Blackhawks’ big trade shakeup all about getting younger, cost certainty

The Blackhawks didn’t get much better Friday, but they got younger and avoid a free agency mess in 2019.

The Chicago Blackhawks finally made the big changes to blow up their roster Friday, shipping out Niklas Hjalmarsson and Artemi Panarin in a pair of moves that have transformed the team for next season.

There will be a lot of angles to take on a defining day for GM Stan Bowman’s tenure, but one thing is clear: these moves were about youth and cost certainty.

The Blackhawks got back four players — Brandon Saad, Connor Murphy, and Laurent Dauphin, and Anton Forsberg — in exchange for Panarin, Hjalmarsson, and Tyler Motte. In both deals, you could argue Chicago gave up the best player, which is generally not how you win trades.

But in both cases, under the arguments of youth and cost certainty, you can see clearly what Bowman is trying to do.

Every Blackhawks trade and signing during the 2017 NHL offseason in one place

By swapping Panarin and Hjalmarsson for Saad and Murphy, the Blackhawks get two players signed to similar cap hits, but at much longer terms. Panarin and Hjalmarsson have a combined $10.1 million cap hit through 2019. Saad has a $6 million cap hit through 2021, while Murphy has a $3.85 million cap hit through through 2022.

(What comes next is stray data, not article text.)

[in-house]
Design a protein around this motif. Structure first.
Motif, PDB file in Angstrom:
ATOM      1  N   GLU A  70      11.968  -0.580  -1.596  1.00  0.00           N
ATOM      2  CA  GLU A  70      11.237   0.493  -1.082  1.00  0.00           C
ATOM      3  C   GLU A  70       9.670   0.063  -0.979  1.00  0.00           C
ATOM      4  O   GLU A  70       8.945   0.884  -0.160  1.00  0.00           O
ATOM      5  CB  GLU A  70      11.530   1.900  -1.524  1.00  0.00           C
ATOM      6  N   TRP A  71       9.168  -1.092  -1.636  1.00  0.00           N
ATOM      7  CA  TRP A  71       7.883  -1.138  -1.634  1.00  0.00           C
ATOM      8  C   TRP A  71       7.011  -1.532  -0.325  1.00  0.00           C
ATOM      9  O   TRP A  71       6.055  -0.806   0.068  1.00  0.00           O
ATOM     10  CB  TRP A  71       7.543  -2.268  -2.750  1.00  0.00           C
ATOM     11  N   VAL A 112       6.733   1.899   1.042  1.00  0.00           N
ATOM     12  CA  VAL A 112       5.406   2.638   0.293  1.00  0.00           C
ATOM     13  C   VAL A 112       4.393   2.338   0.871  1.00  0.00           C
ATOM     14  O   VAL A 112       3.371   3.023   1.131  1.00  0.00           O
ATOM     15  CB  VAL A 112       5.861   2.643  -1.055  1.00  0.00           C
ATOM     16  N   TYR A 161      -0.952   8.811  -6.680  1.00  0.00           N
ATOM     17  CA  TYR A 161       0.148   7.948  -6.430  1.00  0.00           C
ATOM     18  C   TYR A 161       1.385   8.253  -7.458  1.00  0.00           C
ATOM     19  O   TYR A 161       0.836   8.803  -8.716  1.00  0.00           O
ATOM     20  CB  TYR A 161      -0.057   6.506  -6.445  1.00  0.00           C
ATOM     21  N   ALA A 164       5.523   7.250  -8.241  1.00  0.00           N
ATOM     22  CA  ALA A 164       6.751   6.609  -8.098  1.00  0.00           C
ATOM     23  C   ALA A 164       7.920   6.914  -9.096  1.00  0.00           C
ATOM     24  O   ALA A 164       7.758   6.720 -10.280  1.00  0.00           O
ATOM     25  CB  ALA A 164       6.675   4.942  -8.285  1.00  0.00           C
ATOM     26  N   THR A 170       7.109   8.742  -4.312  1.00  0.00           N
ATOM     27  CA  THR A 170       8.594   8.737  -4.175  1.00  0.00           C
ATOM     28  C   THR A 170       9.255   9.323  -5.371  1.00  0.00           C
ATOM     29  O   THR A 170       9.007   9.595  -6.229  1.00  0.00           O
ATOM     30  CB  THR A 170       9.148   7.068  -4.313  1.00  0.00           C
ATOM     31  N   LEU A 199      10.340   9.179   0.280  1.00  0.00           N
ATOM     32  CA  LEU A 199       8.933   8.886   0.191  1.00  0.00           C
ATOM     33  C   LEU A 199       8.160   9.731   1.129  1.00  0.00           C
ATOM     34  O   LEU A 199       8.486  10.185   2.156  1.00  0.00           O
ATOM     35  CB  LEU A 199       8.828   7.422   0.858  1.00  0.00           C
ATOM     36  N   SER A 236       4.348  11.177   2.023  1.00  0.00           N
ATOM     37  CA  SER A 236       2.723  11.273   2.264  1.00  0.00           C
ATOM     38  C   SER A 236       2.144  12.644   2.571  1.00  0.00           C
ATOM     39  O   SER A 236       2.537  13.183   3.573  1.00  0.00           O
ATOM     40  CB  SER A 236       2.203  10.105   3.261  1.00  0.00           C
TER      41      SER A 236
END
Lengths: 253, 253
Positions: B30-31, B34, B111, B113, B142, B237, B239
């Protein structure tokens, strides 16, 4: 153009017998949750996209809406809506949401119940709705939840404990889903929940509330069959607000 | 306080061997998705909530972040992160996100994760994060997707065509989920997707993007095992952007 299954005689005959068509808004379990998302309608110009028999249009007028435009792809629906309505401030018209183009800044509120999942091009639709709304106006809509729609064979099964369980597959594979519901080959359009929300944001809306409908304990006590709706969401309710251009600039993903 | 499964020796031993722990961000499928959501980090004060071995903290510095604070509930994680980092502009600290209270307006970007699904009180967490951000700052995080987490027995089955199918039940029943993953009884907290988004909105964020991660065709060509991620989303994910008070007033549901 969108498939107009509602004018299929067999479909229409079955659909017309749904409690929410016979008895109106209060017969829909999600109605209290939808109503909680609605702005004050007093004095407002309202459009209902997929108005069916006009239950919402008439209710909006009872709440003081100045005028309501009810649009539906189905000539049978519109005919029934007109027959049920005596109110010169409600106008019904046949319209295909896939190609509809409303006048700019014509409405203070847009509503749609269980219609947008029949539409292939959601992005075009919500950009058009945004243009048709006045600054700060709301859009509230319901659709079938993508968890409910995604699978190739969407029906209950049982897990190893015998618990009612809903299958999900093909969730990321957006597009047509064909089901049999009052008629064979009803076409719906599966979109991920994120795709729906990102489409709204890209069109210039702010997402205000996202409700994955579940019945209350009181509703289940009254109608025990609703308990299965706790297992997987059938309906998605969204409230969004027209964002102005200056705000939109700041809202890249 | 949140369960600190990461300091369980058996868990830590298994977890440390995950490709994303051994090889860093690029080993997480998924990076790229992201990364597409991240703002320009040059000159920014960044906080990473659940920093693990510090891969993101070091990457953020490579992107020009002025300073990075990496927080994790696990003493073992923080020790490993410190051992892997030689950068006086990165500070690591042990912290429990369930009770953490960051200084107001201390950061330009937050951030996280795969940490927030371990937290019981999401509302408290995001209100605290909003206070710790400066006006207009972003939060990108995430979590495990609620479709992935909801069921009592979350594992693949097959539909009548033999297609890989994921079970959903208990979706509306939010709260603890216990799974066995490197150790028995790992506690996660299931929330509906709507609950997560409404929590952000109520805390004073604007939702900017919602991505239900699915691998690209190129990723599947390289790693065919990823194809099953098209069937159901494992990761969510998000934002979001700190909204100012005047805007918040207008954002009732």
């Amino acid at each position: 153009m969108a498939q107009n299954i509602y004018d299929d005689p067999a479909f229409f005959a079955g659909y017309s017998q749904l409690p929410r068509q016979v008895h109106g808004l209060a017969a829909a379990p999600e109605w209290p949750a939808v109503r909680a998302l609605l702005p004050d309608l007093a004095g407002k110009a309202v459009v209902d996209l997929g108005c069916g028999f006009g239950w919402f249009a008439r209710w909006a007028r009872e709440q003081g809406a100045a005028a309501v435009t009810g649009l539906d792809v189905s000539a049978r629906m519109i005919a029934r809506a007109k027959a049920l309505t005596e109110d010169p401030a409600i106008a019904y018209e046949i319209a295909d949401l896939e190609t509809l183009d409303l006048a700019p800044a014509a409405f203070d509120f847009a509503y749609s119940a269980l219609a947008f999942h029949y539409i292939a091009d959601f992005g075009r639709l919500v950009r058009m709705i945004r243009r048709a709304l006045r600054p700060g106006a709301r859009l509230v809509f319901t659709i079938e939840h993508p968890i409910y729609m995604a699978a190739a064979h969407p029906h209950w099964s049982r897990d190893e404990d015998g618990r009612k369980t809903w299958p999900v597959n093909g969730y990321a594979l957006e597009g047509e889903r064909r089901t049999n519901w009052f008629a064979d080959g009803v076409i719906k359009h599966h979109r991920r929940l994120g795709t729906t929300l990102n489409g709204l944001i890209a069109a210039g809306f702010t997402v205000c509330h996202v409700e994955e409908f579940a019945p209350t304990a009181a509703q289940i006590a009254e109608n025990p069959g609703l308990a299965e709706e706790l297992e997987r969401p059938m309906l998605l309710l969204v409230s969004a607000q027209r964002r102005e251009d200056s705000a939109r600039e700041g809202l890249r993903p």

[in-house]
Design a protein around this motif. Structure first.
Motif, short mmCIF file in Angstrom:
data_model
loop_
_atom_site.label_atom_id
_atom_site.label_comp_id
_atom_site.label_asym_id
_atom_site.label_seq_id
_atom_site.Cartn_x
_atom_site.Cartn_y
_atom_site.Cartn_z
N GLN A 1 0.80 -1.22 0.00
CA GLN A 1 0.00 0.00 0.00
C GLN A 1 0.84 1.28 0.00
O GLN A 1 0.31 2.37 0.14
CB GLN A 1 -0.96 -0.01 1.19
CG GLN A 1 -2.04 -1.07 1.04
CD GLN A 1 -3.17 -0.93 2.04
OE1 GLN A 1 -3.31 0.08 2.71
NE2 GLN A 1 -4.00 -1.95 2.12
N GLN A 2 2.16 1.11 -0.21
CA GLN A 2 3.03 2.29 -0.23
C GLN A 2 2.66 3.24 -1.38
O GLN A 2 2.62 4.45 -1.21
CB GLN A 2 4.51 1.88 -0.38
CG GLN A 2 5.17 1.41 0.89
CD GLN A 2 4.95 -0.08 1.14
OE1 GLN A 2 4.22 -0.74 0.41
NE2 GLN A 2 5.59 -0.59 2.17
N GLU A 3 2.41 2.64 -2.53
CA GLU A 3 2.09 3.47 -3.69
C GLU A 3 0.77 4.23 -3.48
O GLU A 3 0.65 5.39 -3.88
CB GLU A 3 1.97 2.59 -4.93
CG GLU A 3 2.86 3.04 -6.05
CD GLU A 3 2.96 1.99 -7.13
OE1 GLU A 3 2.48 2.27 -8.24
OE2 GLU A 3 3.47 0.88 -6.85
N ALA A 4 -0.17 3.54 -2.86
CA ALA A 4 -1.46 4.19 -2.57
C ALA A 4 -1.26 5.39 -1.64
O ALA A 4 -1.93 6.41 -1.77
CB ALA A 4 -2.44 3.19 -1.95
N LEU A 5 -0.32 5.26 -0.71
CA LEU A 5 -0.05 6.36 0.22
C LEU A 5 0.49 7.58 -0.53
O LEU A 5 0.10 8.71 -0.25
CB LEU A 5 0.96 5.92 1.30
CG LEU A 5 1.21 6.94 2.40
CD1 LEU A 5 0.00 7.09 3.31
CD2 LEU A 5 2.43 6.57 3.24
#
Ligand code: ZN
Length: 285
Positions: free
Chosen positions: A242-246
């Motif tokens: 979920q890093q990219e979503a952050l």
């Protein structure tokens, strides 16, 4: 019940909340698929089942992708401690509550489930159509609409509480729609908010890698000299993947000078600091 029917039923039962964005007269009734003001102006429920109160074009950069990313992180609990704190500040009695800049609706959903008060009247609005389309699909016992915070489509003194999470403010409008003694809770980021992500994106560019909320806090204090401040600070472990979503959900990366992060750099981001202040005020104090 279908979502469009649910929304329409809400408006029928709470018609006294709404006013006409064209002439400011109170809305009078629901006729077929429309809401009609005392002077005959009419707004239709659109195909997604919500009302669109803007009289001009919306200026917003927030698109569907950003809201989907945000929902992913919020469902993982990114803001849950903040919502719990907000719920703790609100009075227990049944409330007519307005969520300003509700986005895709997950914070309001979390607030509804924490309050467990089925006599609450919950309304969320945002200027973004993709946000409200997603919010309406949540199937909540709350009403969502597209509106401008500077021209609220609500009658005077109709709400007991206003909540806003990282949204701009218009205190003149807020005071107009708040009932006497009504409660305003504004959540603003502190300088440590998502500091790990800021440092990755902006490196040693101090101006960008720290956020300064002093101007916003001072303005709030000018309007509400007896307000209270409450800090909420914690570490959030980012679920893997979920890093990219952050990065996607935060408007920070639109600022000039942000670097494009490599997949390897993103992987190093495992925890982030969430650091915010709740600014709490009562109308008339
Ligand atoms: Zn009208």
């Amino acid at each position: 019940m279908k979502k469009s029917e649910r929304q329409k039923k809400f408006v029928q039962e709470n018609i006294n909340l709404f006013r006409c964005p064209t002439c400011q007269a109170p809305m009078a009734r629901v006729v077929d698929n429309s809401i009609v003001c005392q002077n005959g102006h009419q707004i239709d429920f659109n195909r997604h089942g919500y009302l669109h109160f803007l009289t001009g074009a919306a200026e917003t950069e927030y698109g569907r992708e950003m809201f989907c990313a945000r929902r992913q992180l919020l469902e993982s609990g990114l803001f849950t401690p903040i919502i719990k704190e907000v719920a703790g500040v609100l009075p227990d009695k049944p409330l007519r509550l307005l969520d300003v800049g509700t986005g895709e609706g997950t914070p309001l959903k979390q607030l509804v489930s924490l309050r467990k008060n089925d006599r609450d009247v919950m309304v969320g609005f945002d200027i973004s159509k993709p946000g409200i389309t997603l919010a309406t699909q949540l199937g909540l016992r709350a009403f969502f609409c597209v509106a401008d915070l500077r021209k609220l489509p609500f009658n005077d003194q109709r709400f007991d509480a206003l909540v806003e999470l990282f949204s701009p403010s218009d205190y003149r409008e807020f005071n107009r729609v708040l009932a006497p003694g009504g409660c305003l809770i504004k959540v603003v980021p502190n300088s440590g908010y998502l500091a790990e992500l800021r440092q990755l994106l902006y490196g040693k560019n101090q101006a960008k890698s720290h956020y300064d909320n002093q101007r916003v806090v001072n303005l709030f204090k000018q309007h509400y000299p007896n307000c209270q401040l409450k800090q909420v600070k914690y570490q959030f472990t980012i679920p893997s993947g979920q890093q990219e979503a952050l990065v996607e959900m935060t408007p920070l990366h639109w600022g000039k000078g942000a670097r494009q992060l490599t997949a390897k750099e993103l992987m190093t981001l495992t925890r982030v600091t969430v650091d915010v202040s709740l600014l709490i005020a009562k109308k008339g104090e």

So they’re actually almost breaking even in terms of cap hits for the next two seasons, but beyond that, it’s a clear value win for the Blackhawks. Unless Panarin and Hjalmarsson fall off hard over the next two years, their combined cost beyond 2019 will be a lot more than $10.1 million. In 2020, the Hawks will be paying Saad and Murphy the same combined $9.85 million cap hit they’re owed next season.

It’s fair to wonder whether the downgrades from Panarin-Hjalmarsson to Saad-Murphy ultimately will cost the Blackhawks too much in the end, but it also helps that they got some other assets. Forsberg, 24, put up stellar AHL numbers last season (.926 save percentage in 51 games) and could be the Hawks’ backup goalie next season. Dauphin could be an affordable bottom-six option for a team that needs to rebuild its depth now, especially with Marian Hossa sidelined.

Maybe these aren’t the kinds of changes you were hoping for, but the Blackhawks weren’t exactly operating with unlimited options. Panarin and Hjalmarsson were two of the only stars on the team without complete no-movement clauses. So if the Blackhawks did want to make major changes without getting into the weeds of convincing a player to waive his NMC, Panarin and Hjalmarsson were always the two top candidates for big trades. Sure, a Brent Seabrook deal might’ve been preferred, but the Blackhawks more or less made their bed when they signed him in 2015, so now they need to lie in it.

But if you look at the Hawks’ roster now compared to a few hours ago, they’re younger and more cost-controlled than before. It’s a clear sign that this team, while hoping to win another Stanley Cup soon, also acknowledged that it needed to do some things to make sure it’s competitive in 2020 and beyond.

And hey, now we can make “KNEEL BEFORE SAAD” tweets again. Another victory there.